EmbraceRace, Andrew: It's a great question. I wonder if I could put one other angle on it. Sort of elaborate a bit on what Melissa has said and what you've said. It goes back really to the tension that some people feel around resilience. I think so often a lot of people hear resilience as being the individual thing.

EmbraceRace, Melissa: It's sort of the grit.

EmbraceRace, Andrew: Right. It's about the, yes, individual and how the individual manages. What I actually hear you saying is, well there can be more or less resilient institutions. More or less resilient schools and districts and yes even larger systems. I know in the work that you did, I saw something ... I don't remember exactly the language. But where the both of you, I think were part of a project around essentially how would we build a resilient New Orleans. I wonder if in your answer you can speak to this for the different levels at which we can talk about building resilience. Just to be clear that it's not only sort of a characteristic of individuals.

Lisa Richardson: Sure. Well, I'll start with the easy part, which is to say I think we have learned some lessons about trauma of a community wide scale. We've learned some lessons about which people are historically and continuously at most risk for the worst outcomes. Those are the communities that have suffered marginalization and structural injustice, racism, disenfranchisement. Over and over again, those communities, those geographic areas and the people living in those spaces are always the ones that suffer the most. And are expected to be the most resilient to keep bouncing back. I think we've learned what that looks like and how long range those impacts can be. I will step out and say that, until we have a more just system and we really begin to unpack how we create mechanisms to undo the structural inequities, we haven't really fully learned the lesson. We're going to continue to have situations like COVID today in New Orleans where 70% of the people that are dying are black people.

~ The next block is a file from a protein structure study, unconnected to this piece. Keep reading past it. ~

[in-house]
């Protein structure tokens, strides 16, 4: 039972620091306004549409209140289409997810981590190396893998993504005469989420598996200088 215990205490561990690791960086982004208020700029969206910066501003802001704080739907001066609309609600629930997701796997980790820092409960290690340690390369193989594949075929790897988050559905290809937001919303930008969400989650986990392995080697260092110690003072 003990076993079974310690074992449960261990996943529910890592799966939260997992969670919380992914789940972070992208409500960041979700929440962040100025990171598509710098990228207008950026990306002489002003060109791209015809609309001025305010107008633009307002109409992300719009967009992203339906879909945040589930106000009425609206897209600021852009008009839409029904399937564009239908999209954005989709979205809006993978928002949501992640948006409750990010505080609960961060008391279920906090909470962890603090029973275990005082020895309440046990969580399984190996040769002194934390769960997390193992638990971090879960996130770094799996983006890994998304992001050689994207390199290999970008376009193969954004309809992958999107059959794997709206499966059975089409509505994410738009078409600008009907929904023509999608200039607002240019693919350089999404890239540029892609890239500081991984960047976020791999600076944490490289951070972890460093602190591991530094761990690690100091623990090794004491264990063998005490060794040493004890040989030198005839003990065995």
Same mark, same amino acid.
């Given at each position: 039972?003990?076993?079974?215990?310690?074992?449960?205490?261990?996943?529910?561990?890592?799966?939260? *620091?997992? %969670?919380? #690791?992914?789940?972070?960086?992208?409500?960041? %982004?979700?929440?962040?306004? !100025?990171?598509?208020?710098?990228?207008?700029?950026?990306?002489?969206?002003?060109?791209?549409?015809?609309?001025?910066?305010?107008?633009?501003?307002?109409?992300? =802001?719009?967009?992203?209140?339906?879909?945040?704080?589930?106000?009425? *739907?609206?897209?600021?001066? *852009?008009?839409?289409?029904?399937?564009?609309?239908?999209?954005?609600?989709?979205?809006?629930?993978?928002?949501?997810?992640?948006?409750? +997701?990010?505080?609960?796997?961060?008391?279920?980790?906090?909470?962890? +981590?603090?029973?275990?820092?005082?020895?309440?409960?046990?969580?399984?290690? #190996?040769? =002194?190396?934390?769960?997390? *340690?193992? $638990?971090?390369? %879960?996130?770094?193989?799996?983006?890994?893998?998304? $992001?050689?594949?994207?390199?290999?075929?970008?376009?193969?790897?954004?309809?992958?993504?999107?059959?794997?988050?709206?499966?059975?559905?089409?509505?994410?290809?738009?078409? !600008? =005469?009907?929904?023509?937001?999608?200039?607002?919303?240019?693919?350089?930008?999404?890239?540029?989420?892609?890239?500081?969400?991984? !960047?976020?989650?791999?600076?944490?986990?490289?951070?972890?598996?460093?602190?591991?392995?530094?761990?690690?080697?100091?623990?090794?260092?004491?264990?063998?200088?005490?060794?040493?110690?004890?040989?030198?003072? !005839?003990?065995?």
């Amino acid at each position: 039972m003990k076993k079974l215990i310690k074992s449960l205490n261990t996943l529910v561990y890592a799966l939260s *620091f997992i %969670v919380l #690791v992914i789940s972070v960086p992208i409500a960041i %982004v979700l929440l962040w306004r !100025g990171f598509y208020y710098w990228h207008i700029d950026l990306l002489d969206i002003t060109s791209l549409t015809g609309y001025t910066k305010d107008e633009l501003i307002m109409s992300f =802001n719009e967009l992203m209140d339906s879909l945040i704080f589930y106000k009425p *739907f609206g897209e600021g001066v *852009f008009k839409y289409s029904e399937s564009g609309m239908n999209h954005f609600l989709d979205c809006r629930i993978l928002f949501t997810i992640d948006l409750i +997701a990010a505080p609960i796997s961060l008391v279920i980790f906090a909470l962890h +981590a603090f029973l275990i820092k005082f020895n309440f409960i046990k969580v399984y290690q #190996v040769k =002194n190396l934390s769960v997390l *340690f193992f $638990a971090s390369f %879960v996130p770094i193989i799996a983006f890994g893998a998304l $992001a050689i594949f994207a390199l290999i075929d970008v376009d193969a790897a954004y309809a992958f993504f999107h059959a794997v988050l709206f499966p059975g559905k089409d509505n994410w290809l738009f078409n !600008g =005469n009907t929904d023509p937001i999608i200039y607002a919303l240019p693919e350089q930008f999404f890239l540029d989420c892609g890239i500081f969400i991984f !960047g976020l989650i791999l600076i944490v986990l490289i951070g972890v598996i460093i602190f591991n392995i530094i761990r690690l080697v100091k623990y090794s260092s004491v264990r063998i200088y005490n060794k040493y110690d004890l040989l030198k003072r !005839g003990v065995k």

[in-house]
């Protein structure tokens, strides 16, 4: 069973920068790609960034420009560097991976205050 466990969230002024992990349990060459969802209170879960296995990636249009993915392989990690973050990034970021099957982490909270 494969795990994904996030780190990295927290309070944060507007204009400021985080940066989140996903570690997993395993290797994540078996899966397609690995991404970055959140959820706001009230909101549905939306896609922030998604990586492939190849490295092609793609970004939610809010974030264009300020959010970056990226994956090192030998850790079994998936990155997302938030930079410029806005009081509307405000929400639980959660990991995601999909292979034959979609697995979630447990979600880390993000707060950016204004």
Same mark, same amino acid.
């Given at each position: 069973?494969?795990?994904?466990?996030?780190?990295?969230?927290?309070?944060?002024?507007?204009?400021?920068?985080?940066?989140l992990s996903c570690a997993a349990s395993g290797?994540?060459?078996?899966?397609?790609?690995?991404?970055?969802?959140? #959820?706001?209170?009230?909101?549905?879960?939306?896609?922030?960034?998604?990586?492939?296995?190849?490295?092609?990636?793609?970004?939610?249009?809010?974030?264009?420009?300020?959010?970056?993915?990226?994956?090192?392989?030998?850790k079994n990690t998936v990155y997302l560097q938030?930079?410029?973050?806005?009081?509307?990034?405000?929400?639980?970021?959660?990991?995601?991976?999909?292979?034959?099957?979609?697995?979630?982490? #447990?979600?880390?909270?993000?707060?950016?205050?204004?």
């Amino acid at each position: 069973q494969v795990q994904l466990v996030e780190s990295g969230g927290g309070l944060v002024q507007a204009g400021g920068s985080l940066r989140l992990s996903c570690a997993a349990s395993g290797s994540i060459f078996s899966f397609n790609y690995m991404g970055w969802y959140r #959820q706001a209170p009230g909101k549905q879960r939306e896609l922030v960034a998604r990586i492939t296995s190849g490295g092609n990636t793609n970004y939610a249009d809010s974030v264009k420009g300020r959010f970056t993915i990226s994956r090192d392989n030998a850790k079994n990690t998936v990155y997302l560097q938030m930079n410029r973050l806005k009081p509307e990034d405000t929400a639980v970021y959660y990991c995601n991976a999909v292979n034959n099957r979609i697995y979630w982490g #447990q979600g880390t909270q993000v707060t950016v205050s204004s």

I will step out and say that, until we have a more just system and we really begin to unpack how we create mechanisms to undo the structural inequities, we [New Orleans] haven't really fully learned the lesson [from Hurricane Katrina]. We're going to continue to have situations like COVID today in New Orleans where 70% of the people that are dying are black people.

Lisa Richardson, PhD